Thank you, Tom
I figured you didn't have anything better to do than to watch videos and listen to podcasts! :smileysilly:
Actually, if you ever do a vMotion or a local copy, the VAAI offload helps with that. It doesn't help with replication to another SAN.
I can't say anything about vSphere 5 yet but not sure how much that would affect my decision of upgrading your MSA 2012i to a G3. If you're happy with what you have and you are trying to limit your spending - then I'd hold off. If you were going to listen to one thing, I'd say listen to the podcast I did - that's less than 10 minutes and if you want to download it to listen to on your MP3 player later, you can do that too. It gives a lot of info about what's new in the G3.
If you have more specifics about your environment that might help me better access whether upgrading in the near term makes sense for you, feel free to either leave that information here or you can email me at hpstorageguy [at] hp.com.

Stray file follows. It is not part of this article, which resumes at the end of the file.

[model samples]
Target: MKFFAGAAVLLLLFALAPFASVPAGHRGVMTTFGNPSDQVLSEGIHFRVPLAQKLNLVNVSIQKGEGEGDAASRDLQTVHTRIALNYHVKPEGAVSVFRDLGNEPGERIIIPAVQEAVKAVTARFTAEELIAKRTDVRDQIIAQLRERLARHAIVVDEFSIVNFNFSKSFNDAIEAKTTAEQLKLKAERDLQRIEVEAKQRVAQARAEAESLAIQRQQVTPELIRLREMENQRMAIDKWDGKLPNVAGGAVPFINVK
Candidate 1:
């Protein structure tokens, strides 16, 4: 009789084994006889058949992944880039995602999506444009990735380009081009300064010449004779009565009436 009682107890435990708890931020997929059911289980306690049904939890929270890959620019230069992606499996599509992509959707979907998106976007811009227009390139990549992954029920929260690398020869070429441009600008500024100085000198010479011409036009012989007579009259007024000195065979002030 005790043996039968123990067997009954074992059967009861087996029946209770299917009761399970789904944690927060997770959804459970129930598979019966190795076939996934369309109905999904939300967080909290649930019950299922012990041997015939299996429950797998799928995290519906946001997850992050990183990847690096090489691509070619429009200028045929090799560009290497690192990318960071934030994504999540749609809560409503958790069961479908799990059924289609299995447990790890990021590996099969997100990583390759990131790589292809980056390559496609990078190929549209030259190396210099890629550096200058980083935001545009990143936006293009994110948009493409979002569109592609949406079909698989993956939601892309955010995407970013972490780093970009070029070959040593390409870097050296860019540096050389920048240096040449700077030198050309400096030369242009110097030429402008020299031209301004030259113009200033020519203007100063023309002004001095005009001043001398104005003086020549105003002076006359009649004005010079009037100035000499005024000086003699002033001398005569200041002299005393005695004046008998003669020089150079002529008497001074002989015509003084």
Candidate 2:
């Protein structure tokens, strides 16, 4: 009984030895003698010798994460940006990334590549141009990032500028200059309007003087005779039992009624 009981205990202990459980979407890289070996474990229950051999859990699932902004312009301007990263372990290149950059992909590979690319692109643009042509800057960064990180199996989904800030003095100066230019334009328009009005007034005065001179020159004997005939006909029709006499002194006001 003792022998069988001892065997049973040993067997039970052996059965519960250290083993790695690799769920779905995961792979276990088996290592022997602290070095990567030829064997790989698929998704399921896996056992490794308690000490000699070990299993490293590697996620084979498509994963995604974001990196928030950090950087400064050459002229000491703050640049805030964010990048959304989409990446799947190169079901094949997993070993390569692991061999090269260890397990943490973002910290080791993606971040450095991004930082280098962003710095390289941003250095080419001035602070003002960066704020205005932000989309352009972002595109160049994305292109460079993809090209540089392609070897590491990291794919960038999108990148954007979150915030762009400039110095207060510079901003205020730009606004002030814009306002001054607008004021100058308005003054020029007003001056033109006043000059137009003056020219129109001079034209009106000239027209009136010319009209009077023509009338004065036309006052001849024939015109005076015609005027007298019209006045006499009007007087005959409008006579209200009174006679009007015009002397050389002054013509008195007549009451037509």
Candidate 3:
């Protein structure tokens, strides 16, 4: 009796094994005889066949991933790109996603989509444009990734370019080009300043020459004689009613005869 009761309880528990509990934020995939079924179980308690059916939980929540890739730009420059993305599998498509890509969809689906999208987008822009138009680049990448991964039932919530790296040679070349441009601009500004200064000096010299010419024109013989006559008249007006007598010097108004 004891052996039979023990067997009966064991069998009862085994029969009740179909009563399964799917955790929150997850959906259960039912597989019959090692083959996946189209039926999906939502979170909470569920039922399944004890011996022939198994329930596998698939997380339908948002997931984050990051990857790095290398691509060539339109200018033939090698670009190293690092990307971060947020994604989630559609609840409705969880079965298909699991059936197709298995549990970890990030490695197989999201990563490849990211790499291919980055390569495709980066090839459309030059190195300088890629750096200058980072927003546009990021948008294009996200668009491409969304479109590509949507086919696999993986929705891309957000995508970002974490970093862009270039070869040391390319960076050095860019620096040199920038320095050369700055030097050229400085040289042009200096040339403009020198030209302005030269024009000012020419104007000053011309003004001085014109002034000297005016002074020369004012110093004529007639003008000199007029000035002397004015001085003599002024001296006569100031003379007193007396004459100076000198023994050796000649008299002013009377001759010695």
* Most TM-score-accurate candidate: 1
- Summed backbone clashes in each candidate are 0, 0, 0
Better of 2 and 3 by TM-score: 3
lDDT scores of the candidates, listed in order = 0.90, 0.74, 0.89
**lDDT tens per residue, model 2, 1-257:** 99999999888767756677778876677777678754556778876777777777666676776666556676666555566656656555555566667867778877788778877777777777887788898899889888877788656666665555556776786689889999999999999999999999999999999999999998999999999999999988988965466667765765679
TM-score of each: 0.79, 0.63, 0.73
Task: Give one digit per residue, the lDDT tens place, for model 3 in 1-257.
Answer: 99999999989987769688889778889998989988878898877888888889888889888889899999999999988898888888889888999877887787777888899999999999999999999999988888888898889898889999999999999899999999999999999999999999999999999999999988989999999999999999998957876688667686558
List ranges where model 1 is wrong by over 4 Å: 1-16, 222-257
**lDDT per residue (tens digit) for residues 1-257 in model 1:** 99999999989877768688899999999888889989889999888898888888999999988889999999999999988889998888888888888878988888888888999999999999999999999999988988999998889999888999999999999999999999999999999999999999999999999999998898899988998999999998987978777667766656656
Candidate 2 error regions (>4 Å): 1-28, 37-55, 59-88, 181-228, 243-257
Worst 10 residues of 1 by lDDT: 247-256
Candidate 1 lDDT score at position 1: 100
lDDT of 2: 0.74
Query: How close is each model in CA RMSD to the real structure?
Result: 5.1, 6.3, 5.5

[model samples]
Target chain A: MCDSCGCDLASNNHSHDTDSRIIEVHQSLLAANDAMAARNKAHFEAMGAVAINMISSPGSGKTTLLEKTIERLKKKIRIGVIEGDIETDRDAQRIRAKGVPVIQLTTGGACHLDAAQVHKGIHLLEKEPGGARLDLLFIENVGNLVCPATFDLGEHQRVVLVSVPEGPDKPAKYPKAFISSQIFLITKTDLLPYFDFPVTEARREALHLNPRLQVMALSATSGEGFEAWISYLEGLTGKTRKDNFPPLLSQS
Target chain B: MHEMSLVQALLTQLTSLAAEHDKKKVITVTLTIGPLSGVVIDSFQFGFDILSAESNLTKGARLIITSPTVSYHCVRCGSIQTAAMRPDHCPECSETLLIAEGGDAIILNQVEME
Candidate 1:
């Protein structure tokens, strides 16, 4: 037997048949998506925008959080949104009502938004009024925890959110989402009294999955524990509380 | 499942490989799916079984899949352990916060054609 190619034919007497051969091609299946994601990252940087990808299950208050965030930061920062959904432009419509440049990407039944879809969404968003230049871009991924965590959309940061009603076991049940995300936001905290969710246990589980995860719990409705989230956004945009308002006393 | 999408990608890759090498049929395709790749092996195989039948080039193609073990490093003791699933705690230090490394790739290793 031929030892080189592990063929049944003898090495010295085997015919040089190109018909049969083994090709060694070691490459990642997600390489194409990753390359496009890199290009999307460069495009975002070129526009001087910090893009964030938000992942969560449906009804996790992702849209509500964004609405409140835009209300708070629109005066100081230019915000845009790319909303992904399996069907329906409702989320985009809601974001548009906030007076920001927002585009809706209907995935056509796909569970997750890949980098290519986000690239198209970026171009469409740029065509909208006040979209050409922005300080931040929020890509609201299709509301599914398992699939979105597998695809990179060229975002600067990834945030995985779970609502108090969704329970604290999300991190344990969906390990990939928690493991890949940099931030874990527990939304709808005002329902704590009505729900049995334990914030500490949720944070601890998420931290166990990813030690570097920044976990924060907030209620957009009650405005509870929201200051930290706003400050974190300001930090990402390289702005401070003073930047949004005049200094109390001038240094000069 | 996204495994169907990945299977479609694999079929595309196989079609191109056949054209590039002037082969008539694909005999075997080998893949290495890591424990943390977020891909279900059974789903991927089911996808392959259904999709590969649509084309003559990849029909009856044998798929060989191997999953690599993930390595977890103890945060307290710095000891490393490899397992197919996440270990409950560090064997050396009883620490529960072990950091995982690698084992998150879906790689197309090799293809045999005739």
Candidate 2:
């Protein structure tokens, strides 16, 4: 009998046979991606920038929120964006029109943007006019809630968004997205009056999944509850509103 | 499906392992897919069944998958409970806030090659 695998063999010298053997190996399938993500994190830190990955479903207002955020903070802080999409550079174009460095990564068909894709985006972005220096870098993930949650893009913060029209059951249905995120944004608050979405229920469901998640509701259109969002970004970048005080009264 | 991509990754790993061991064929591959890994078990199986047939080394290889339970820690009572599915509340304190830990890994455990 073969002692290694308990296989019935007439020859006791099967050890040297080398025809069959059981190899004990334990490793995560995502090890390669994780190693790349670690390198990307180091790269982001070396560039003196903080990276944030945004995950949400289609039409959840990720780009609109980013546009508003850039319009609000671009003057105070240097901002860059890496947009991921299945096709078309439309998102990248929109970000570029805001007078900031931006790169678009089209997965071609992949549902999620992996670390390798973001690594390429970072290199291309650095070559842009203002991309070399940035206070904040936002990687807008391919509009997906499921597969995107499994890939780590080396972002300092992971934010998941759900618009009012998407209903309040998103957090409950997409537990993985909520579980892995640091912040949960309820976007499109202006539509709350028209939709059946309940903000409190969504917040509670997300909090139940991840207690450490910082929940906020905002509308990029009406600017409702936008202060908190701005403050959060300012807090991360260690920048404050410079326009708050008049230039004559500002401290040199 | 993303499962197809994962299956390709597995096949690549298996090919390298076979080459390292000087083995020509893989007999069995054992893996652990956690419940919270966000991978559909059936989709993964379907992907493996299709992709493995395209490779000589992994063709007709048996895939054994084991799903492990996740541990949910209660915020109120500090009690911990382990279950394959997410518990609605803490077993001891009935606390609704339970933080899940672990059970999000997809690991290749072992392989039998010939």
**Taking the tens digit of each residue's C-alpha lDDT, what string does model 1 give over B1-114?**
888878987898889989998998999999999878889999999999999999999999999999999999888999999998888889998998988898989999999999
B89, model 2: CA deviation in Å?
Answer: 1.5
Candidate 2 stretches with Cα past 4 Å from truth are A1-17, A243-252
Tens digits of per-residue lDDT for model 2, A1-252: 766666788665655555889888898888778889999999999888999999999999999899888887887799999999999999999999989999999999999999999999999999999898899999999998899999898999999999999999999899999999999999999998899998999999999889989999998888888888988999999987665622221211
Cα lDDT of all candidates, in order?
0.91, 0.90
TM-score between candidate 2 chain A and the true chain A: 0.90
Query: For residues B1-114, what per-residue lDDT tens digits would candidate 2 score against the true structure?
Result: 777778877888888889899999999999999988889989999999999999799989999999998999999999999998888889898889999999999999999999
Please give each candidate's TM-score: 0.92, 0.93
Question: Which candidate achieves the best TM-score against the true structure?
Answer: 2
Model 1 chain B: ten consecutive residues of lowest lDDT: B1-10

I found some decent documentation on each of the vSphere VAAI 4.1 primatives and what they do. Here's the explanation:
Block zeroing (WRITE SAME)
When creating a new virtual disk (VMDK) in the ESX server, areas are zeroed out. By off-loading
the processing to the disk arrays, the resource consumption in the ESX host can be reduced. In
addition, because only control instructions can be exchanged between the ESX host and the disk
arrays, traffic on the storage network can be reduced.
Full copy (XCOPY)
Copy processing, such as creating a clone of a virtual machine, is off-loaded to the disk array.
Because the ESX host does not have to read/write data when copying it, the ESX host workload